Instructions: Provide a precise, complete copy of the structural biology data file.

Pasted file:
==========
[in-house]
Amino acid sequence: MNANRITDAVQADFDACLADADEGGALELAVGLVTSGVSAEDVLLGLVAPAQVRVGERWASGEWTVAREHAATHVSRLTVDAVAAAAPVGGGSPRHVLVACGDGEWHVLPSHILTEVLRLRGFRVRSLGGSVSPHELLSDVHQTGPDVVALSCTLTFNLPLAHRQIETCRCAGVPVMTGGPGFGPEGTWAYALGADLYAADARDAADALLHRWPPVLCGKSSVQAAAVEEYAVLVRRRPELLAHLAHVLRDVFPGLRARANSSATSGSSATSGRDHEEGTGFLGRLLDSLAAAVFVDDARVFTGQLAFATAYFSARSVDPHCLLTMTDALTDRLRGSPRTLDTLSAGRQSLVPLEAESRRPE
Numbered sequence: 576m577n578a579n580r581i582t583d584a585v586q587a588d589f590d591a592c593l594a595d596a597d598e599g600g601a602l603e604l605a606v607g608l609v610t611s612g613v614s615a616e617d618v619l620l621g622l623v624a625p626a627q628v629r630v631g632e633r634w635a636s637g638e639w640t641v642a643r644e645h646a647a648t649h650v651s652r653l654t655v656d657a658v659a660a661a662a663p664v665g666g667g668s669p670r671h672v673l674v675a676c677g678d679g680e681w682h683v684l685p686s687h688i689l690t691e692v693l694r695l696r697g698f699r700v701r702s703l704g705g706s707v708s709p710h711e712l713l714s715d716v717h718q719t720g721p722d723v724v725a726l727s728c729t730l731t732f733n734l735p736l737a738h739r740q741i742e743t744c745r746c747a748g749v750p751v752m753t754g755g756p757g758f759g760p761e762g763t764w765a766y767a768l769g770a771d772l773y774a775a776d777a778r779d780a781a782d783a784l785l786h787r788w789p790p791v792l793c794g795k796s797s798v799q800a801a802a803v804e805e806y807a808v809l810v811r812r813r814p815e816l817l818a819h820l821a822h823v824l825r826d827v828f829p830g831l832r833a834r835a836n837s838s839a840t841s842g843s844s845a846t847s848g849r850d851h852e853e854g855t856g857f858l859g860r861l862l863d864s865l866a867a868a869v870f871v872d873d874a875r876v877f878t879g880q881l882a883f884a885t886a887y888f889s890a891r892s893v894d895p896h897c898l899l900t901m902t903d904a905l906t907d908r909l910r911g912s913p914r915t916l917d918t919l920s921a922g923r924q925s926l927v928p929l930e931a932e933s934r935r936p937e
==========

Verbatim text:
[in-house]
Amino acid sequence: MNANRITDAVQADFDACLADADEGGALELAVGLVTSGVSAEDVLLGLVAPAQVRVGERWASGEWTVAREHAATHVSRLTVDAVAAAAPVGGGSPRHVLVACGDGEWHVLPSHILTEVLRLRGFRVRSLGGSVSPHELLSDVHQTGPDVVALSCTLTFNLPLAHRQIETCRCAGVPVMTGGPGFGPEGTWAYALGADLYAADARDAADALLHRWPPVLCGKSSVQAAAVEEYAVLVRRRPELLAHLAHVLRDVFPGLRARANSSATSGSSATSGRDHEEGTGFLGRLLDSLAAAVFVDDARVFTGQLAFATAYFSARSVDPHCLLTMTDALTDRLRGSPRTLDTLSAGRQSLVPLEAESRRPE
Numbered sequence: 576m577n578a579n580r581i582t583d584a585v586q587a588d589f590d591a592c593l594a595d596a597d598e599g600g601a602l603e604l605a606v607g608l609v610t611s612g613v614s615a616e617d618v619l620l621g622l623v624a625p626a627q628v629r630v631g632e633r634w635a636s637g638e639w640t641v642a643r644e645h646a647a648t649h650v651s652r653l654t655v656d657a658v659a660a661a662a663p664v665g666g667g668s669p670r671h672v673l674v675a676c677g678d679g680e681w682h683v684l685p686s687h688i689l690t691e692v693l694r695l696r697g698f699r700v701r702s703l704g705g706s707v708s709p710h711e712l713l714s715d716v717h718q719t720g721p722d723v724v725a726l727s728c729t730l731t732f733n734l735p736l737a738h739r740q741i742e743t744c745r746c747a748g749v750p751v752m753t754g755g756p757g758f759g760p761e762g763t764w765a766y767a768l769g770a771d772l773y774a775a776d777a778r779d780a781a782d783a784l785l786h787r788w789p790p791v792l793c794g795k796s797s798v799q800a801a802a803v804e805e806y807a808v809l810v811r812r813r814p815e816l817l818a819h820l821a822h823v824l825r826d827v828f829p830g831l832r833a834r835a836n837s838s839a840t841s842g843s844s845a846t847s848g849r850d851h852e853e854g855t856g857f858l859g860r861l862l863d864s865l866a867a868a869v870f871v872d873d874a875r876v877f878t879g880q881l882a883f884a885t886a887y888f889s890a891r892s893v894d895p896h897c898l899l900t901m902t903d904a905l906t907d908r909l910r911g912s913p914r915t916l917d918t919l920s921a922g923r924q925s926l927v928p929l930e931a932e933s934r935r936p937e